Meanwhile, Japanese venture capital firm Genesia Ventures, which has seven Vietnamese companies in its portfolio, is considering two follow-on investments in edtech and foodtech companies that have the potential to expand their businesses after the pandemic.
These follow-on investments have a ticket size of about $1 million, higher than previous rounds to help them extend their runway, accelerate and expand to new business models that meet consumer demands after COVID-19.
“While reaching new investors is quite difficult and time-consuming, startups need existing investors to help them prolong their runway and carry out their expansion plans,” Hoang Thi Kim Dzung, Head of Genesia Ventures in Vietnam, told DealStreetAsia in an interview, adding that companies with online-merge-offline (OMO) business model are the firm’s priority at this time.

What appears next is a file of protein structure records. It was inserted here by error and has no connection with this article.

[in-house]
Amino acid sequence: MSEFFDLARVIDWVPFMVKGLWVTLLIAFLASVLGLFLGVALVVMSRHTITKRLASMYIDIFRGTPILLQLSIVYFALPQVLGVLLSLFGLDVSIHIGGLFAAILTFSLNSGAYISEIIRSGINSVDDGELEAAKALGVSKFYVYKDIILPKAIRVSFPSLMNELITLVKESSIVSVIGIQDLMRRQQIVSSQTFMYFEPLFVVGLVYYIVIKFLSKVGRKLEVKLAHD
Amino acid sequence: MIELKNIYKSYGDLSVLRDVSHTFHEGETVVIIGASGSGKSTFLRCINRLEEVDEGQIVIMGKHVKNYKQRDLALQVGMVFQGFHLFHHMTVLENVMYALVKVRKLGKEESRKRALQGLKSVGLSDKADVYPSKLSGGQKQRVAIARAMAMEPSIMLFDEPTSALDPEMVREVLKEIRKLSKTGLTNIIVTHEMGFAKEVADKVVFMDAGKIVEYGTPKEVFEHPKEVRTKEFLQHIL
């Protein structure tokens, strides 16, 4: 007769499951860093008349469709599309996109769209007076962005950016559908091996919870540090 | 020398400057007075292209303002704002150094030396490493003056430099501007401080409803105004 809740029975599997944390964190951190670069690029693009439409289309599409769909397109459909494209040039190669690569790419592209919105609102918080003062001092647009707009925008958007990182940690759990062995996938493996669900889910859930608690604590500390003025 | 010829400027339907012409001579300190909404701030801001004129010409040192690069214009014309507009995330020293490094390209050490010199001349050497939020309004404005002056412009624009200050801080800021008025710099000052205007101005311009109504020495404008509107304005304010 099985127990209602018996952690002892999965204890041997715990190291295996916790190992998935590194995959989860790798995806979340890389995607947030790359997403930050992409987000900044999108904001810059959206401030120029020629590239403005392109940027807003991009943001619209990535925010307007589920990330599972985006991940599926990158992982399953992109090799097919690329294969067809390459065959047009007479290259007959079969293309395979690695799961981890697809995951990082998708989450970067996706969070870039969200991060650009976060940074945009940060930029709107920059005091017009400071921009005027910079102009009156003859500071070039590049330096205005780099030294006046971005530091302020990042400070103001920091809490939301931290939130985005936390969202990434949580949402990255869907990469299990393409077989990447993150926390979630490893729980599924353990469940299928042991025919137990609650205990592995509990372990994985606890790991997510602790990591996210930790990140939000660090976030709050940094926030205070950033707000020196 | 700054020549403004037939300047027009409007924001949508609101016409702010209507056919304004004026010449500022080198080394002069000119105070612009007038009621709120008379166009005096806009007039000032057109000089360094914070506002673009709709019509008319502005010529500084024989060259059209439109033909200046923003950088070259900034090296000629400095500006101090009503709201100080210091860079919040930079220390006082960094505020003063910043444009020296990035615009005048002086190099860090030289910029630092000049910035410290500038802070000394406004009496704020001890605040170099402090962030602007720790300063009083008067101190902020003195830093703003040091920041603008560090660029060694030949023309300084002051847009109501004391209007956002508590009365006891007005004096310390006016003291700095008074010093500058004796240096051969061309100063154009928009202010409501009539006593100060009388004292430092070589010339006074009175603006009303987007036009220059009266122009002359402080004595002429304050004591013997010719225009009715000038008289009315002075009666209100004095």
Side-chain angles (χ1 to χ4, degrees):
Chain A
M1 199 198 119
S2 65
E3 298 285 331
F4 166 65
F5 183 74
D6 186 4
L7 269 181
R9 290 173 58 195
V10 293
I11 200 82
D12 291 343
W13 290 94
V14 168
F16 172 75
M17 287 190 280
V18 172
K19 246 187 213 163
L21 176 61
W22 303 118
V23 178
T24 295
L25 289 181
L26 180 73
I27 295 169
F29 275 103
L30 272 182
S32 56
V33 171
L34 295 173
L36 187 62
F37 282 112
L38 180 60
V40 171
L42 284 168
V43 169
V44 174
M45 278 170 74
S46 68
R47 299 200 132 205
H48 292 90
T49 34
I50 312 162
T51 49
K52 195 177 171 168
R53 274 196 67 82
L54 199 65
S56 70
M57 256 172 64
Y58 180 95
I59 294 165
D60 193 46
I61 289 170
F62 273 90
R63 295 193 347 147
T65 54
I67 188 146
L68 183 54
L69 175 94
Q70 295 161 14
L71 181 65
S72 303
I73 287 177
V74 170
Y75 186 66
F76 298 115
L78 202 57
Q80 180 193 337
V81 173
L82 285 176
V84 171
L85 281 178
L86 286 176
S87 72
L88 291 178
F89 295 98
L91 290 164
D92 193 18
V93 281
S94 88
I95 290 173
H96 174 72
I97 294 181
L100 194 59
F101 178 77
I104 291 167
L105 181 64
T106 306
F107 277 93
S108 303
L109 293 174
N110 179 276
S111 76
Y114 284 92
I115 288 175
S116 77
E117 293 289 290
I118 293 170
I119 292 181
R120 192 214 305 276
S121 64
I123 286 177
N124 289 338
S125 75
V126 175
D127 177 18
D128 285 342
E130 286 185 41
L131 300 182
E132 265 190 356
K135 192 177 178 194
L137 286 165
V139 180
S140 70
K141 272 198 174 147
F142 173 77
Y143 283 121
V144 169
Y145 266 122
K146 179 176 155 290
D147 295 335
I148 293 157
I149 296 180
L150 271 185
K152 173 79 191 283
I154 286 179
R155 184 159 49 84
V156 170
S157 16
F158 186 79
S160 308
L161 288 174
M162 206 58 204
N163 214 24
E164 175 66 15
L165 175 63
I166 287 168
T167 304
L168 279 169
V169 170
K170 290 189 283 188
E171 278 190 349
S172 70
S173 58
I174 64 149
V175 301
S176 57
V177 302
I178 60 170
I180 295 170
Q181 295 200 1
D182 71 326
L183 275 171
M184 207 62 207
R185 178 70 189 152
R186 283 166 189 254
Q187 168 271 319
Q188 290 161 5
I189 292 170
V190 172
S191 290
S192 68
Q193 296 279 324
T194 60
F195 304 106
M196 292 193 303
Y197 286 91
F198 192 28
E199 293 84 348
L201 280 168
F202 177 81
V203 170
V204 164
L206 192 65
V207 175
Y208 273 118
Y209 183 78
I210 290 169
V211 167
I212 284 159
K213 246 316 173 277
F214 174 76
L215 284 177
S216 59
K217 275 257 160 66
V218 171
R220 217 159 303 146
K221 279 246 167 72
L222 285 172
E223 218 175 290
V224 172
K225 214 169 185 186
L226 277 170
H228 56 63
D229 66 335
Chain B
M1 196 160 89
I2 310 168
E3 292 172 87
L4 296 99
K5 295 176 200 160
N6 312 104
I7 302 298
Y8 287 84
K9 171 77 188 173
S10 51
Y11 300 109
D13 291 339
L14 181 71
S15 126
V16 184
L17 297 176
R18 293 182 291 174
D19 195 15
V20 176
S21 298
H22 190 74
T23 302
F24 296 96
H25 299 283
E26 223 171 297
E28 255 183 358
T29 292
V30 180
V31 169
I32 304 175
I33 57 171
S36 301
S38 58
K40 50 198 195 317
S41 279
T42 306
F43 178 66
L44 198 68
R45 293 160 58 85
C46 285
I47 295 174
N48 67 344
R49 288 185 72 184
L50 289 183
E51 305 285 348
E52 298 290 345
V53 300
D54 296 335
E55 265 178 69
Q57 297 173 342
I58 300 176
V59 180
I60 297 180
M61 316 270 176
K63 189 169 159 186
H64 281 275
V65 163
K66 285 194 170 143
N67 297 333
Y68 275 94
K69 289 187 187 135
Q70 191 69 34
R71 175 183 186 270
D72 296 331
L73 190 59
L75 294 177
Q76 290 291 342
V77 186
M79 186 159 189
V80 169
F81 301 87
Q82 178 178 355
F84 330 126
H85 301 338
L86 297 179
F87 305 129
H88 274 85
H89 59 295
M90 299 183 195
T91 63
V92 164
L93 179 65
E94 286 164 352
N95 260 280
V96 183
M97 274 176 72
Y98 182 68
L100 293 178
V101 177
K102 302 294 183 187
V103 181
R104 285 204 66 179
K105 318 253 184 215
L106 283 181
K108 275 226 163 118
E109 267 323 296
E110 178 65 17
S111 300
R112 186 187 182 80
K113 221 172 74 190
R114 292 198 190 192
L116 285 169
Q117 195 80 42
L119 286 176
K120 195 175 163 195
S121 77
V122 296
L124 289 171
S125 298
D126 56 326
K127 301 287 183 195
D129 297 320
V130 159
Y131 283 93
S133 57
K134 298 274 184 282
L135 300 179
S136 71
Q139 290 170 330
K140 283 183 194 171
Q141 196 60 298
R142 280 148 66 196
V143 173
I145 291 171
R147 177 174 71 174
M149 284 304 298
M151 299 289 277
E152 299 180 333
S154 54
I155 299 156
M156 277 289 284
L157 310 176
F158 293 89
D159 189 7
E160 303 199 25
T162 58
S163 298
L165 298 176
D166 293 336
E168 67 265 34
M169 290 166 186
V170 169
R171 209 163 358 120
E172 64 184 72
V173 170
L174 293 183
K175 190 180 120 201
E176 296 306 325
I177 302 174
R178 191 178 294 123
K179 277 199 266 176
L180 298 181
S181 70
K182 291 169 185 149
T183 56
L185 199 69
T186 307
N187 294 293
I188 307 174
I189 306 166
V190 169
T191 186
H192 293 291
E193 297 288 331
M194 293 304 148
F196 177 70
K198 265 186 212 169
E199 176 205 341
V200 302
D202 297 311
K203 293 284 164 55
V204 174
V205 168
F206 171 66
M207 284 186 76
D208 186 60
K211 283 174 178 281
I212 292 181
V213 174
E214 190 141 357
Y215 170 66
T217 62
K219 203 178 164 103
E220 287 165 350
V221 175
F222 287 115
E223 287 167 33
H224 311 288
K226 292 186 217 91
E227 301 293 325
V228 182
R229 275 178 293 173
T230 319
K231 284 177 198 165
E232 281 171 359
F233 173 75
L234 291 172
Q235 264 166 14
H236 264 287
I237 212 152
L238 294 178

James Vuong, Founder and CEO of TekAngels, a local angel investor network with three investments to date, believes that COVID-19 will make it harder or longer for the firm’s portfolio companies to raise funds. But the situation could also be an opportunity.
“If one of our portfolio companies had been doing well pre-COVID, such as having found product-market fit and growing, then the slow fundraising environment provides us the opportunity to continue our support of the company with additional funding and increase our ownership,” he said.
TekAngels has re-invested in half of its portfolio to help them through the pandemic, he added.